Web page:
Reading a newspaper is sobering business, forgive the play on words. Police blotters and newspapers across the country are documenting the alarming trend of painkiller abuse and addiction. And if you look close enough, you’ll find that it may be your neighbor, the local pharmacist or the kids’ bus driver who’s fallen prey to this scourge.
What’s most alarming is that people you would never suspect of falling into addiction are – high school kids, college-age students, housewives and businessmen. There used to be a time – not so long ago – that the profile of a drug abuser or addict brought to mind the worst of society. That logic no longer applies.
The use of drugs such as Opana has skyrocketed in recent years. Law enforcement officials say the problem is complex. On one hand, there is a trend of overprescribing among some doctors. “Pill mills,” or unscrupulous pain management clinics, pose another threat by doling out scores of pills, often without asking for a prescription. The Internet teems with websites that offer up dangerous pills marketed by overseas companies who don’t care about your safety or wellbeing.
Talk to any police officer, and he or she will tell you that a significant percentage of crime in a given community is directly or indirectly related to drugs of all kinds – robberies, assaults, domestic violence, home invasions and homicide. Personal and property crimes often have a tie to drug making, distribution or addiction. In fact, data from the Substance Abuse And Mental Health Services Administration (SAMHSA) shows a 400 percent increase in the number of people seeking help for painkiller addiction between 1998 and 2008.
People who suffer with pain med addiction are getting desperate. And they may be driving on the road next to you, sitting beside you at church or doing work around your home. The best thing you can do if you have a prescription for an opiate painkiller is to lock it up. And tell no one where it is.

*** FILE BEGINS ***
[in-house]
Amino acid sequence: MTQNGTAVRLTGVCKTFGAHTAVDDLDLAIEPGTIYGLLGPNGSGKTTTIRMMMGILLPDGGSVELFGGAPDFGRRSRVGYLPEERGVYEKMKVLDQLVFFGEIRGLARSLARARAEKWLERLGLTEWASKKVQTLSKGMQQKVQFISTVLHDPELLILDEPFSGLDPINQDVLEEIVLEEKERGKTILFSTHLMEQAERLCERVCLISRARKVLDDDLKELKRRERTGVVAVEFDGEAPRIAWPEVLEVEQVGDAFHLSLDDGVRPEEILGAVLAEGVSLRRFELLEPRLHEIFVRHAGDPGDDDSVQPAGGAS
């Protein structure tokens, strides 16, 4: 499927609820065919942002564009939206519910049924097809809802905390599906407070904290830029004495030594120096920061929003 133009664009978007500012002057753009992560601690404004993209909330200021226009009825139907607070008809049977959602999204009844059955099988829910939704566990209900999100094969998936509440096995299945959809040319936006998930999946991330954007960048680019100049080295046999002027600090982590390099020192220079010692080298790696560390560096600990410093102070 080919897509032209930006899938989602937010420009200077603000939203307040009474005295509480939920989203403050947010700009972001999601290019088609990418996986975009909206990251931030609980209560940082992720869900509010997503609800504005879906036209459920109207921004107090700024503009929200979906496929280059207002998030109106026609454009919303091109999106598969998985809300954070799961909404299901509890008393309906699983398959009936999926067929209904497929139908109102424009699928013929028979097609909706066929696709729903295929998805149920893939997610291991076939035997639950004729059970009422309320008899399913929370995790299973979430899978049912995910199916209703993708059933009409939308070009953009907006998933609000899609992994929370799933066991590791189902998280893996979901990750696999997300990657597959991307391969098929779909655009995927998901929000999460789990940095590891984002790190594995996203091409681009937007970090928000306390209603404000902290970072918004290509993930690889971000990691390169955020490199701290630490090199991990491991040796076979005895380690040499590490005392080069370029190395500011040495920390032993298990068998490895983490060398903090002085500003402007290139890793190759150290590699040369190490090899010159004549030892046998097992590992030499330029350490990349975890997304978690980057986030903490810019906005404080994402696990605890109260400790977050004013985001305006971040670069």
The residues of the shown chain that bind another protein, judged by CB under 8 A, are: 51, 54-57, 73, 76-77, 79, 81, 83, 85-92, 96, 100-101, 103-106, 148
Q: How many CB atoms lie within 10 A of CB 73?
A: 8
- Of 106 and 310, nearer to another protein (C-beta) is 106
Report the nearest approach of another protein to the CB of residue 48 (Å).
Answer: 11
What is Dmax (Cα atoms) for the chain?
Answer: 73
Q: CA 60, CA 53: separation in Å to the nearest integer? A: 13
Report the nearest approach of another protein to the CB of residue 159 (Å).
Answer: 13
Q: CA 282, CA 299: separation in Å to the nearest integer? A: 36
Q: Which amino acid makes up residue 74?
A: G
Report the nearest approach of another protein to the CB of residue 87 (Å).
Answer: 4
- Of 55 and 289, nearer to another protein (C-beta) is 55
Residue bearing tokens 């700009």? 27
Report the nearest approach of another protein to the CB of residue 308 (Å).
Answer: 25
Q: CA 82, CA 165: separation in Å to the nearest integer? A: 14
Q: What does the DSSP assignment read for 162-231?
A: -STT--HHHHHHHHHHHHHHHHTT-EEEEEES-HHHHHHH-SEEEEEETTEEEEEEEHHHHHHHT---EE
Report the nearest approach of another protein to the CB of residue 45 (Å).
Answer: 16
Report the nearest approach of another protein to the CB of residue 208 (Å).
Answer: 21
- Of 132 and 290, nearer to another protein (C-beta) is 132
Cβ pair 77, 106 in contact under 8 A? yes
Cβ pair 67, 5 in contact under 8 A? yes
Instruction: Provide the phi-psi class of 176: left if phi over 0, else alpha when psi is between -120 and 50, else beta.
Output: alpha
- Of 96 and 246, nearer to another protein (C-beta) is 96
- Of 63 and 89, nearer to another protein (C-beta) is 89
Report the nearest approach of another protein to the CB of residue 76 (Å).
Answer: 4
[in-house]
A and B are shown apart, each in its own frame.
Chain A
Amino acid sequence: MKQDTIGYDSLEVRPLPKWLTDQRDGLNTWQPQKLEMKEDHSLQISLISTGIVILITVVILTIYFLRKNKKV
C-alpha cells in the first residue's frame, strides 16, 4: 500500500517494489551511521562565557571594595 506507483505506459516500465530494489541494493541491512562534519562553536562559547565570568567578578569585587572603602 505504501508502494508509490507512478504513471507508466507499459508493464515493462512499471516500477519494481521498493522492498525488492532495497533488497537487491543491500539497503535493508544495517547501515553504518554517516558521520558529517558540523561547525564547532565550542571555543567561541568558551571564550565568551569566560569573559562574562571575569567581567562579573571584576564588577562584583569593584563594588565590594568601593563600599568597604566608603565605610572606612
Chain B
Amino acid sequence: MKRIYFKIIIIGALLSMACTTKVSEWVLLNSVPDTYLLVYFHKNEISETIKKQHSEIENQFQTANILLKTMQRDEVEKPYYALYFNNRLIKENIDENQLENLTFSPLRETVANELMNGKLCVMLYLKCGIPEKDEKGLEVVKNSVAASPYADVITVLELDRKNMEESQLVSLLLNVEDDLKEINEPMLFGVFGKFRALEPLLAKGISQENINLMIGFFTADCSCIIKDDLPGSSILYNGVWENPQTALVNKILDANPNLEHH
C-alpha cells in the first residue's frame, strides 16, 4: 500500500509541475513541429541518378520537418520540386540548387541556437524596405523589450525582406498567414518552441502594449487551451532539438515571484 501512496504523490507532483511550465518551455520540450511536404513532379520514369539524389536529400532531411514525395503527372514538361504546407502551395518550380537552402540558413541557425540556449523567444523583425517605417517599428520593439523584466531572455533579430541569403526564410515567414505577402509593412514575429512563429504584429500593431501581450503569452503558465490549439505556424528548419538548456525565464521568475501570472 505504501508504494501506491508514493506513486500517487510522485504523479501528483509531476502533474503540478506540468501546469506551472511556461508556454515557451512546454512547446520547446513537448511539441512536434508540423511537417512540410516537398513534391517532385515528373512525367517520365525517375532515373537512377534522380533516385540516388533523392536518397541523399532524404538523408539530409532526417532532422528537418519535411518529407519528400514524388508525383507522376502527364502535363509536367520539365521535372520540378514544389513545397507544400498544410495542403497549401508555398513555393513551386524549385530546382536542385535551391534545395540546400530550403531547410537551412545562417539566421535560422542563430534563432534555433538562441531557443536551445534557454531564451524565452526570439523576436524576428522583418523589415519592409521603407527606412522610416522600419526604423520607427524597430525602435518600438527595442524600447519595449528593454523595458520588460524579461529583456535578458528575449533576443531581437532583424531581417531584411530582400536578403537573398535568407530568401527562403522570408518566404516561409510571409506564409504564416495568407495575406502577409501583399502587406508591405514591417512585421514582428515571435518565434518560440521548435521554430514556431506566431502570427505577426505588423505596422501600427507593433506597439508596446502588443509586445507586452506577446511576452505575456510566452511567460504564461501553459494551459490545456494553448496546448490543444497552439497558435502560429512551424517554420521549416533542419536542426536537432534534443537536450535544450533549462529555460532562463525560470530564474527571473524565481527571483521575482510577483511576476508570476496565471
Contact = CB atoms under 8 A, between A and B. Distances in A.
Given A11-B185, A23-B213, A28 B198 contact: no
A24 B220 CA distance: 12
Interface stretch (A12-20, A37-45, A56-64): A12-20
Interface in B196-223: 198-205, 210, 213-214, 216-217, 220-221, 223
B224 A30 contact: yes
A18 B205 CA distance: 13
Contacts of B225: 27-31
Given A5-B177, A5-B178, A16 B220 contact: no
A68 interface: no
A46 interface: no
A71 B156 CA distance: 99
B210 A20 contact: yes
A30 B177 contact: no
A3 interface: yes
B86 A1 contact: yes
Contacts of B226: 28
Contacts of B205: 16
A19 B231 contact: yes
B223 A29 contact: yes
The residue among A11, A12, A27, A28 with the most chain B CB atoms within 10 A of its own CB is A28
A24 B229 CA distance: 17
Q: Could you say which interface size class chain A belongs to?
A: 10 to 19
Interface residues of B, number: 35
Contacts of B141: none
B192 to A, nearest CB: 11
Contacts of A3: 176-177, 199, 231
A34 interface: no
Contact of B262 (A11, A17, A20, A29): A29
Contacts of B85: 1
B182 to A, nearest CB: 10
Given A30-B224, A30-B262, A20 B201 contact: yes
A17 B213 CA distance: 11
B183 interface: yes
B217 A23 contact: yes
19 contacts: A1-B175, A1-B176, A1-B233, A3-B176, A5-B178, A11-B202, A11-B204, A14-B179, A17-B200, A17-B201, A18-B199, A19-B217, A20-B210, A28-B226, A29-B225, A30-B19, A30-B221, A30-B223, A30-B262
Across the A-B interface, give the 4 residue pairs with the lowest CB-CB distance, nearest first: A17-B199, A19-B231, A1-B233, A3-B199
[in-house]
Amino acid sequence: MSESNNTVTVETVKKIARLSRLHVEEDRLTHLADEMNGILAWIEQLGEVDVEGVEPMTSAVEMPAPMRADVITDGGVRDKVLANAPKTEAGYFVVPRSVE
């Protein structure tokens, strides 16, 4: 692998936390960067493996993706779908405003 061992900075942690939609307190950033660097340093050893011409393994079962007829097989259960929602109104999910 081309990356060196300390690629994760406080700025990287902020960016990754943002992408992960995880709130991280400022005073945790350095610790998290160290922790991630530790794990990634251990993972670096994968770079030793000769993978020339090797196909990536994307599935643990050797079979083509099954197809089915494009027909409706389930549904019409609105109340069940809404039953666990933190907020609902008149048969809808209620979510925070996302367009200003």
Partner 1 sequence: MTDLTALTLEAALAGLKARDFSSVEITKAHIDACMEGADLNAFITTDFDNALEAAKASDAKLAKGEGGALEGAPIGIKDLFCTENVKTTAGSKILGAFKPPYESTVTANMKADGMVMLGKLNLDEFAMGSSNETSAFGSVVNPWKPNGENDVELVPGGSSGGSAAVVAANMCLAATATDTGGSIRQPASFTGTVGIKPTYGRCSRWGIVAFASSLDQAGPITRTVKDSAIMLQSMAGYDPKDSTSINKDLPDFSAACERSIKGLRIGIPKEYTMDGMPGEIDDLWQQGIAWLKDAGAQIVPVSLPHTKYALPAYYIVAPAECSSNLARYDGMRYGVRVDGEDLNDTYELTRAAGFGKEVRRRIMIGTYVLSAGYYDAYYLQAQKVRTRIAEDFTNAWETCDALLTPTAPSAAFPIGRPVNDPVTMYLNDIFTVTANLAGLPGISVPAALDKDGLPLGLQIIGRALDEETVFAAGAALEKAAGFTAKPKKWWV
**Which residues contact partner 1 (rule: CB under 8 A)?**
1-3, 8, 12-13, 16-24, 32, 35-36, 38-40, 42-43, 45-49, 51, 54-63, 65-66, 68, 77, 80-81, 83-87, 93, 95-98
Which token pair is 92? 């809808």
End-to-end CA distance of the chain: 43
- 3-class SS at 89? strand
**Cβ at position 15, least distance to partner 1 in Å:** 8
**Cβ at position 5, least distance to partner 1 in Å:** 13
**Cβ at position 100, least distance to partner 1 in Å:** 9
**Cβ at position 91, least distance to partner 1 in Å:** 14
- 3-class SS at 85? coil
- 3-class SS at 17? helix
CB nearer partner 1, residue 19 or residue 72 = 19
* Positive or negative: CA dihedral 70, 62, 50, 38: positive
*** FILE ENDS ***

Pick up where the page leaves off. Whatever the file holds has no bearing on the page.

Community efforts to stem the flow of opiates and other potentially dangerous medications include drug drop off sites, which allow people to discard unused medication, which will be safely disposed of by officials. Doctors are protecting themselves by making patients sign documents that discourage abuse by threatening random drug tests or counting remaining pills.
OxyContin, one of the biggest threats, was originally designed to dissuade abuse. Its time-release feature slowly releases medication into the system without providing the “rush” some abusers seek. But these people caught on quickly, realizing the medication could be crushed and inhaled or prepared for injection.
One OxyContin pill on the street can fetch more than $100 on the street. Law enforcement officials say it costs about $1 per milligram.
Heroin is showing up in the suburbs in record amounts and officials say this is because it’s cheaper than OxyContin, yet it satisfies the same physical and psychological opiate cravings.
We are all one injury or illness away from needing a prescription opiate painkiller. They absolutely can be taken safely and responsibly. Professional opiate detox may be necessary if use escalates and there are signs of abuse or addiction.